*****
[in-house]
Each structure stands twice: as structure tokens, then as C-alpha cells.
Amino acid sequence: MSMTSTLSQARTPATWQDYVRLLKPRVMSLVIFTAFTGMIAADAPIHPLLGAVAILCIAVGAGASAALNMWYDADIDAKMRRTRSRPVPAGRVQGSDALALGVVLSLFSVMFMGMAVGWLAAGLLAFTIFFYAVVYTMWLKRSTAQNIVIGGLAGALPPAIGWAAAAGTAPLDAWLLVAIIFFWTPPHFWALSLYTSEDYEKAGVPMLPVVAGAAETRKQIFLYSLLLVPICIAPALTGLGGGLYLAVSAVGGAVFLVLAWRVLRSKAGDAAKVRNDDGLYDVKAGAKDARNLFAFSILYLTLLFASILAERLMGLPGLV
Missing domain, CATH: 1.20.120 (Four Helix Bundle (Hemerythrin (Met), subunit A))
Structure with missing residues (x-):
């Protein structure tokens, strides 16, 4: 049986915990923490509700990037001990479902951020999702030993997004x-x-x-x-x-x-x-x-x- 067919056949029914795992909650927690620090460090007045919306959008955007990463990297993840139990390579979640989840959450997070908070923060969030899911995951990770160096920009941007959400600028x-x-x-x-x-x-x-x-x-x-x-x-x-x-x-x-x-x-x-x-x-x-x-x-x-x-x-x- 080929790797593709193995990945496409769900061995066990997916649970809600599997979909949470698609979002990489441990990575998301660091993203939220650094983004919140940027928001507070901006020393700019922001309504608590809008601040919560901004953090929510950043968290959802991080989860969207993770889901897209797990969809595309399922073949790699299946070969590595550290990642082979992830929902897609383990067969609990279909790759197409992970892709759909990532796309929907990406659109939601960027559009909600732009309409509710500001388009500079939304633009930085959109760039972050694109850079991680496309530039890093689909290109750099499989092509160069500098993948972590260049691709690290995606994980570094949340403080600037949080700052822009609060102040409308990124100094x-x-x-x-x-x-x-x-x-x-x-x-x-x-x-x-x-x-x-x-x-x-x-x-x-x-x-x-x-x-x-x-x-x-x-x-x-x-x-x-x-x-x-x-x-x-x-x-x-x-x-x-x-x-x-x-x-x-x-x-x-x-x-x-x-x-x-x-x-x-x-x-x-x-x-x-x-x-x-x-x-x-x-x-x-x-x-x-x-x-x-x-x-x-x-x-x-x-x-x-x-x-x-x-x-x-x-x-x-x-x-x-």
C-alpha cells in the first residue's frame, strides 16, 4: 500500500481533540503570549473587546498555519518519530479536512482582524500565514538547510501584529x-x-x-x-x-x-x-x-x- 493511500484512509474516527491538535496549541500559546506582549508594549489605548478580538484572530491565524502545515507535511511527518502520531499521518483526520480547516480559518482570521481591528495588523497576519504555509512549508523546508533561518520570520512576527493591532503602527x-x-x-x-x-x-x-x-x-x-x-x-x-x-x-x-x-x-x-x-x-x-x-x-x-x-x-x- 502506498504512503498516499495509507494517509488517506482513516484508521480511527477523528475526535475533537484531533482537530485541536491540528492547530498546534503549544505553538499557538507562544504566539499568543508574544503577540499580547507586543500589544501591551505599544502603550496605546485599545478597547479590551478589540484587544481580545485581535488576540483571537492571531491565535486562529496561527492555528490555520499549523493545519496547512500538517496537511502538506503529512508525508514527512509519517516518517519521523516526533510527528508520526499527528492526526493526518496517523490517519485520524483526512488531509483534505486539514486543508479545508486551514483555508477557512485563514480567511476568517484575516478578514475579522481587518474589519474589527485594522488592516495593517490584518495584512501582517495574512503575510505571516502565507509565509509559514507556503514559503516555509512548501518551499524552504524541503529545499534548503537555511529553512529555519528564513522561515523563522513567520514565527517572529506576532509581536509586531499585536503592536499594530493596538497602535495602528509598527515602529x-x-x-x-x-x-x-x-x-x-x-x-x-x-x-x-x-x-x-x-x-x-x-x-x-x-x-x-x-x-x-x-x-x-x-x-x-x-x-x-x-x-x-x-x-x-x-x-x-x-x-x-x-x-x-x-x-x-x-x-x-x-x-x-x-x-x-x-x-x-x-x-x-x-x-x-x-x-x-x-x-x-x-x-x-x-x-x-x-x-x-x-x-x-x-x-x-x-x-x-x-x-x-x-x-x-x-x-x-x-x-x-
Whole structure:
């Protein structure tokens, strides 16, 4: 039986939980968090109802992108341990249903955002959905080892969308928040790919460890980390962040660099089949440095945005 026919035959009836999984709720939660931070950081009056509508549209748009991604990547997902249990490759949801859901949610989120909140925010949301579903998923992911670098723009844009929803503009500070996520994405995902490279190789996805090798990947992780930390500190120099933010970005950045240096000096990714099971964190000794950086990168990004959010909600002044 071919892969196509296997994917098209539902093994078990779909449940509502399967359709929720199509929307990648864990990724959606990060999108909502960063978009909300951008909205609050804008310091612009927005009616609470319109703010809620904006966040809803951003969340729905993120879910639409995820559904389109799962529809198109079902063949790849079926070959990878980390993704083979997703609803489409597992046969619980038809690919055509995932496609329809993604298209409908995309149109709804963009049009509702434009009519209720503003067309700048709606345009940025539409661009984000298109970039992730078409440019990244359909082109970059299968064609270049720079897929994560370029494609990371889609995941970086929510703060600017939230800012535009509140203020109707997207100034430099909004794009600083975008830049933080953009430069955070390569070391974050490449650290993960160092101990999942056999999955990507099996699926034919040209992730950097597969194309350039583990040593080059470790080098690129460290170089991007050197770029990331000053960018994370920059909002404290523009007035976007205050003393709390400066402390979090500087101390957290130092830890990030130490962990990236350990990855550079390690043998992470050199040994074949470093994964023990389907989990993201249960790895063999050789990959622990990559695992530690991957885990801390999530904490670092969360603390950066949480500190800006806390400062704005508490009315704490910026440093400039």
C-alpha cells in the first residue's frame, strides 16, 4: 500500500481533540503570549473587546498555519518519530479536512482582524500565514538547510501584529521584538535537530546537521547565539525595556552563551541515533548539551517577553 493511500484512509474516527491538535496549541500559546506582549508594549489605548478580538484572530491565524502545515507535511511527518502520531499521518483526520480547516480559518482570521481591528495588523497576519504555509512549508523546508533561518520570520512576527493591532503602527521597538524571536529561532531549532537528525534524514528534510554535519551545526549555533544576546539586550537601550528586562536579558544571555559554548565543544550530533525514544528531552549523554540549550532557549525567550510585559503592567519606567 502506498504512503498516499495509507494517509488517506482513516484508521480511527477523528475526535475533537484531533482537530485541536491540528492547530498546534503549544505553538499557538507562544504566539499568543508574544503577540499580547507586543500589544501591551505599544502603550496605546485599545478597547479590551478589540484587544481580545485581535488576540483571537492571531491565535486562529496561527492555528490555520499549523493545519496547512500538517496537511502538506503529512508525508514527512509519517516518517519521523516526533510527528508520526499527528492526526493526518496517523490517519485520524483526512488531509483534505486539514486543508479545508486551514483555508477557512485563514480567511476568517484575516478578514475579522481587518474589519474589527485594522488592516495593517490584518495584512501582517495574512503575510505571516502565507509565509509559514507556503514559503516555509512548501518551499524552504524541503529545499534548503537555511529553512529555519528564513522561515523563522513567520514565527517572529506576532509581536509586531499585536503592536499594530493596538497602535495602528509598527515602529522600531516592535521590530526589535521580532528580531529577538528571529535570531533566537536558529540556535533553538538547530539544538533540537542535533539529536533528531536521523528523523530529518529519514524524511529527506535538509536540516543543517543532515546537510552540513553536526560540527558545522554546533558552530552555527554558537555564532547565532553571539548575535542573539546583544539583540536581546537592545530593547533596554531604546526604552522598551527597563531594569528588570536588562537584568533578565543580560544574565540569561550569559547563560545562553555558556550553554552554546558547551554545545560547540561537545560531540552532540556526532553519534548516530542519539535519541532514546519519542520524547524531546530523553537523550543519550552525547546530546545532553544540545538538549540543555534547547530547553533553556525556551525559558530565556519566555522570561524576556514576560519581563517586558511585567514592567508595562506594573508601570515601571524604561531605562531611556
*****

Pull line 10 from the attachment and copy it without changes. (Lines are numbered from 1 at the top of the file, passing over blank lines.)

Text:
C-alpha cells in the first residue's frame, strides 16, 4: 500500500481533540503570549473587546498555519518519530479536512482582524500565514538547510501584529521584538535537530546537521547565539525595556552563551541515533548539551517577553 493511500484512509474516527491538535496549541500559546506582549508594549489605548478580538484572530491565524502545515507535511511527518502520531499521518483526520480547516480559518482570521481591528495588523497576519504555509512549508523546508533561518520570520512576527493591532503602527521597538524571536529561532531549532537528525534524514528534510554535519551545526549555533544576546539586550537601550528586562536579558544571555559554548565543544550530533525514544528531552549523554540549550532557549525567550510585559503592567519606567 502506498504512503498516499495509507494517509488517506482513516484508521480511527477523528475526535475533537484531533482537530485541536491540528492547530498546534503549544505553538499557538507562544504566539499568543508574544503577540499580547507586543500589544501591551505599544502603550496605546485599545478597547479590551478589540484587544481580545485581535488576540483571537492571531491565535486562529496561527492555528490555520499549523493545519496547512500538517496537511502538506503529512508525508514527512509519517516518517519521523516526533510527528508520526499527528492526526493526518496517523490517519485520524483526512488531509483534505486539514486543508479545508486551514483555508477557512485563514480567511476568517484575516478578514475579522481587518474589519474589527485594522488592516495593517490584518495584512501582517495574512503575510505571516502565507509565509509559514507556503514559503516555509512548501518551499524552504524541503529545499534548503537555511529553512529555519528564513522561515523563522513567520514565527517572529506576532509581536509586531499585536503592536499594530493596538497602535495602528509598527515602529522600531516592535521590530526589535521580532528580531529577538528571529535570531533566537536558529540556535533553538538547530539544538533540537542535533539529536533528531536521523528523523530529518529519514524524511529527506535538509536540516543543517543532515546537510552540513553536526560540527558545522554546533558552530552555527554558537555564532547565532553571539548575535542573539546583544539583540536581546537592545530593547533596554531604546526604552522598551527597563531594569528588570536588562537584568533578565543580560544574565540569561550569559547563560545562553555558556550553554552554546558547551554545545560547540561537545560531540552532540556526532553519534548516530542519539535519541532514546519519542520524547524531546530523553537523550543519550552525547546530546545532553544540545538538549540543555534547547530547553533553556525556551525559558530565556519566555522570561524576556514576560519581563517586558511585567514592567508595562506594573508601570515601571524604561531605562531611556